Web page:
The newspaper headline said it all: “Try, try, try, try, try, try, try, try again” (King, 2007, p. 1). An Ohio school district had just failed to pass a local property tax levy for the seventh time—this time, by only one vote. Whereas eight tries to pass the same levy may seem extreme, by Ohio standards it is not. According to a study conducted by Funai (1993), only 13% of Ohio school property tax levies pass on the first attempt. This low initial passage rate may be in part due to the fact that Ohio school districts are reliant on local property tax levies for the operation of their schools. In fact, according to Fleeter (2007), of the Ohio Tax Policy Institute, “Ohio relies on voter approval of tax levies to support public education to a greater extent than any other state in the nation” (p. 1). That from 1994 to 2006 there were 3,433 local school tax issues on ballots in Ohio certainly lends credence to this claim.

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Medium 9781475817102

Collaboration Is Not Meeting with the Enemy: An Analysis of a Successful University–School Districts’ Relationships

JOURNAL OF SCHOOL LEADERSHIP Rowman & Littlefield Publishers ePub

WILLIAM C. BOZEMAN1

ROBERT A. ROTHBERG1

ABSTRACT: Working with the enemy in war time is labeled “collaboration.” Too often, College of Education and school district relationships resemble a battlefield between “town and gown.” The purpose of this paper is to identify the relationships developed and the significant programs that have resulted from a positive joint venture with one university and its surrounding school districts.

As schools seek programs and systems of continuing change and improvement, the importance of linking organizations that can contribute to these efforts becomes critical. Indeed, such partnerships between schools and other public organizations—including, but not limited to—the university can contribute to the overall success or failure of school improvement activities. The concern of this paper is the important linkage between the school or school district and the local university. As Lipham (1977) wrote over a decade ago, “there is no doubt but that the most powerful relationships for improving education is that which exists between colleges and universities and local schools” (p. 36). Goodlad (1985) supports this belief when he stated, “It is becoming increasingly clear that if we are going to have good schools, we are going to have collaboration” (p. 6). Although much has been written about school district and university cooperative efforts since that time, few notable demonstration projects exist. Whereas the literature is replete with exhortations regarding the need for university–community school relations, little is offered regarding analysis of an operational partnership project or an examination of factors that may facilitate or impede successful school–university linkages and collaboration.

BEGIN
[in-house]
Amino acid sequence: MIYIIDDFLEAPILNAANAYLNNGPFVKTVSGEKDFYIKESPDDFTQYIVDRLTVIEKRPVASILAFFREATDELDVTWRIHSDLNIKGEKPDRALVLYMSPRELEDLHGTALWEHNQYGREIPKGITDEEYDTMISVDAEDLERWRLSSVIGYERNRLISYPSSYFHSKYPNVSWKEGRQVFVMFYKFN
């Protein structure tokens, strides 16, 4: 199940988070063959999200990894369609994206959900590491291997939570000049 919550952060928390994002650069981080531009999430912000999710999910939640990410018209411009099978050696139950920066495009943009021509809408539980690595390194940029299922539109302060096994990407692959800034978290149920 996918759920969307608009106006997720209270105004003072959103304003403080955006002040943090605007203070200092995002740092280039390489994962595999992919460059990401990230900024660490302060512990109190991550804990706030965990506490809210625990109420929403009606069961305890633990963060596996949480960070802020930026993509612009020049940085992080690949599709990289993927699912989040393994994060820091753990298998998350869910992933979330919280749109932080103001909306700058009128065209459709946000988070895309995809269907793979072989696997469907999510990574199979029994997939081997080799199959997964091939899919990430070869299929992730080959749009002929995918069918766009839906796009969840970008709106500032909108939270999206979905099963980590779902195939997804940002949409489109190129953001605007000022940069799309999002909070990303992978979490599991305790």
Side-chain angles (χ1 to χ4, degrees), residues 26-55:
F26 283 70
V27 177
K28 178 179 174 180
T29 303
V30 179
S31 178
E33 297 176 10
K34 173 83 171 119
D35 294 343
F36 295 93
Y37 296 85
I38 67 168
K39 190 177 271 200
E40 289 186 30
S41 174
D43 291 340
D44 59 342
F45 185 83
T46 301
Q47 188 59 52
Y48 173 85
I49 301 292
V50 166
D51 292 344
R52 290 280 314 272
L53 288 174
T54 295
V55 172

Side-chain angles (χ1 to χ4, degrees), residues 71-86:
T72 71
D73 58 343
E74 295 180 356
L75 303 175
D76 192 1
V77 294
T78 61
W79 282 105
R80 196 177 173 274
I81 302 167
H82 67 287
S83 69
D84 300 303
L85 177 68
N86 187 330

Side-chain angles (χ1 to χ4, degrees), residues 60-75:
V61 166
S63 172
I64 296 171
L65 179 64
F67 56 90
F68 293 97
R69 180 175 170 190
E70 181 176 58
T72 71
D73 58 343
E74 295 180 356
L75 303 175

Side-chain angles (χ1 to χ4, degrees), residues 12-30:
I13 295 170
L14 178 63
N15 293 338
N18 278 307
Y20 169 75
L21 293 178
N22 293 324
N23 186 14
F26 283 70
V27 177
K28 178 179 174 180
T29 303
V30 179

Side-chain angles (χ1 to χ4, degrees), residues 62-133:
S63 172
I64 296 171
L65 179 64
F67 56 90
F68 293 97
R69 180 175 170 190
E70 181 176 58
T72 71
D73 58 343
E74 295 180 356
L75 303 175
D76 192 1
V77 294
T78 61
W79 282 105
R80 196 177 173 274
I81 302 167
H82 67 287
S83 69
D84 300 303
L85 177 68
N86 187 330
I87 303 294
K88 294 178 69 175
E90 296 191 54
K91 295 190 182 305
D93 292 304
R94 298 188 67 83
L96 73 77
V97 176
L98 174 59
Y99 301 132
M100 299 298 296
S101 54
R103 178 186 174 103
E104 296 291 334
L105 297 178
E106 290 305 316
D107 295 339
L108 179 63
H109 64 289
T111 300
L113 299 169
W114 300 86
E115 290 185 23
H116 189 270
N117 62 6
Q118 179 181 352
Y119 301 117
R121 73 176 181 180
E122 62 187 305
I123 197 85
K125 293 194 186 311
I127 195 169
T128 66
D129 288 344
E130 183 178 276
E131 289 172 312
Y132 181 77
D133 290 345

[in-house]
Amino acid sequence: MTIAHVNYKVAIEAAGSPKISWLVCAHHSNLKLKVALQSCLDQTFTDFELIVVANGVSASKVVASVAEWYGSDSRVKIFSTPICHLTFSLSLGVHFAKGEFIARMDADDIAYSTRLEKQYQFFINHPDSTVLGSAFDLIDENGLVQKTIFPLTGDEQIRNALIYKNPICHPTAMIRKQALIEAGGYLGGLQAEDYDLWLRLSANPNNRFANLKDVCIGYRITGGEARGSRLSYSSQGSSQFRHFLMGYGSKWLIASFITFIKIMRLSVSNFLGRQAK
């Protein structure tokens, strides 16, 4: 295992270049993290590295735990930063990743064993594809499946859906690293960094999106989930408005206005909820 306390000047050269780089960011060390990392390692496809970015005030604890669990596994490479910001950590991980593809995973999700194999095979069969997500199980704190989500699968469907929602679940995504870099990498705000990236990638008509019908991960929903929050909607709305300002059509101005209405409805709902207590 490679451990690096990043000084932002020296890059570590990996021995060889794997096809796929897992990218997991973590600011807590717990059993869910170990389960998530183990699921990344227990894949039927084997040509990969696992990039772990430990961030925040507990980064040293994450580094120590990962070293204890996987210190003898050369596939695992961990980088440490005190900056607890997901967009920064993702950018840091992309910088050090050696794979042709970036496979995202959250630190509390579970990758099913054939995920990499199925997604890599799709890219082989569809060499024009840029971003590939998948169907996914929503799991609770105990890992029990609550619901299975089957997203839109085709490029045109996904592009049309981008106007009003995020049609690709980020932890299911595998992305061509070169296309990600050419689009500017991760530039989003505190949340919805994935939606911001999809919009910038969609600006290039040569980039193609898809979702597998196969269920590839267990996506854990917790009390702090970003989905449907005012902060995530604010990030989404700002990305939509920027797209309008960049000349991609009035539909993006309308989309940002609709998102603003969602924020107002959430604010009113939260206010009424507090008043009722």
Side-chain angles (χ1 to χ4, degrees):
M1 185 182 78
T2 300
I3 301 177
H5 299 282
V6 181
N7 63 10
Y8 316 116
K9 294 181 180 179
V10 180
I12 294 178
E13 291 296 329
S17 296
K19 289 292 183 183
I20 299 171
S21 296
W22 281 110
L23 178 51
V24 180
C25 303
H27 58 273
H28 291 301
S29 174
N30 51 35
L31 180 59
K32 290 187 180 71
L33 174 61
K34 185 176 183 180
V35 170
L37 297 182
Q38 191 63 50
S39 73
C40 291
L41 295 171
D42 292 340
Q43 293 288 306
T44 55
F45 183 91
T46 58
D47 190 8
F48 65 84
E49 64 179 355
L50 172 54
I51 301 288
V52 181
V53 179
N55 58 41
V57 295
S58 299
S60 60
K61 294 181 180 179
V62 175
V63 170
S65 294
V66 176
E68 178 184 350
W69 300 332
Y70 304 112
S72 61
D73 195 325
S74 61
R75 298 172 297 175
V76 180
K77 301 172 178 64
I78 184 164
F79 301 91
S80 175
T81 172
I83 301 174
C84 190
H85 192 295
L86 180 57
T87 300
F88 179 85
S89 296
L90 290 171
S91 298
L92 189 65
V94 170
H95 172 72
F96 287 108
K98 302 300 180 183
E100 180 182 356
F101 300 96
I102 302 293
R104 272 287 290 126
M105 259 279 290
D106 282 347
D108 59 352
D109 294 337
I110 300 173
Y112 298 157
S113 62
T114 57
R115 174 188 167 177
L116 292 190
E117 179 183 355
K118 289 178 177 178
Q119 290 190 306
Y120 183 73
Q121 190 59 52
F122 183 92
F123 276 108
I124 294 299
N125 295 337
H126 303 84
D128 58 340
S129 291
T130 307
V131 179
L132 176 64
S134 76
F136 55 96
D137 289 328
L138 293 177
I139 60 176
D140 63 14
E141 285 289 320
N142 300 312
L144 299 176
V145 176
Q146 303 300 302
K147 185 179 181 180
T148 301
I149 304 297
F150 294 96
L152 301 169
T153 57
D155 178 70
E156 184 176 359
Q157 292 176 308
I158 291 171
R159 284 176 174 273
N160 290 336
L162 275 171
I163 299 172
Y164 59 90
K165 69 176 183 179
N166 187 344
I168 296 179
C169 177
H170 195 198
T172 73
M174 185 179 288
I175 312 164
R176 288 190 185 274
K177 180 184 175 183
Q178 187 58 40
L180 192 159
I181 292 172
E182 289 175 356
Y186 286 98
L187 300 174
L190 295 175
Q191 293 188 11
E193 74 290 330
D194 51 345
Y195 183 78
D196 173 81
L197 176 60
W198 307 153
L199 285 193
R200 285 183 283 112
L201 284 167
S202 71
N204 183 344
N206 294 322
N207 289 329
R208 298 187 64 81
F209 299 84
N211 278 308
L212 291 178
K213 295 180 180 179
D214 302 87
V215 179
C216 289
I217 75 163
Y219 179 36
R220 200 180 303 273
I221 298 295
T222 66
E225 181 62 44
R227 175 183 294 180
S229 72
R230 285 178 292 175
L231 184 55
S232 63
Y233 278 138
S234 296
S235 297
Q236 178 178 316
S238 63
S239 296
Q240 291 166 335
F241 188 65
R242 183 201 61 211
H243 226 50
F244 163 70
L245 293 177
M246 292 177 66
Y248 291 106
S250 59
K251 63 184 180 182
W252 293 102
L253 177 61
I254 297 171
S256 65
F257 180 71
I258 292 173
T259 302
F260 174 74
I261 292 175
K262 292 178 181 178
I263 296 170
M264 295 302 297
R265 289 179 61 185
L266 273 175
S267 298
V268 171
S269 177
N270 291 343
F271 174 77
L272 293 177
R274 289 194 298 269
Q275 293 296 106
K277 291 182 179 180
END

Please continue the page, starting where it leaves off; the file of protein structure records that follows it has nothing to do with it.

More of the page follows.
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Medium 9781475817119

Stress Be Not Proud: The Myth of Burnout

JOURNAL OF SCHOOL LEADERSHIP Rowman & Littlefield Publishers ePub

DONALD F. DEMOULIN1

ABSTRACT: Virtually every form of media has reports concerning teacher burnout in education. Many of these reports have been directed towards a relationship between teacher burnout and a declining educational status in this country. However, the question of concern should be, “Is the term burnout being appropriately used or being systematically abused when describing teacher productivity?”

The following study is a culmination of a seven-year investigation concerning the impact of stress on self efficacy and personal productivity. From information received from the Career Awareness Index and the Instrument Summary Assessment Program, analysis indicates that the term burnout may be an inappropriate descriptor of low to moderate levels of self efficacy and personal productivity. Hence, professional development activities may be incorrectly designed having little or no affect in enhancing self efficacy manners. Therefore, it is imperative that professional development activities be specifically designed to match individual needs and interests in order for positive effects to occur.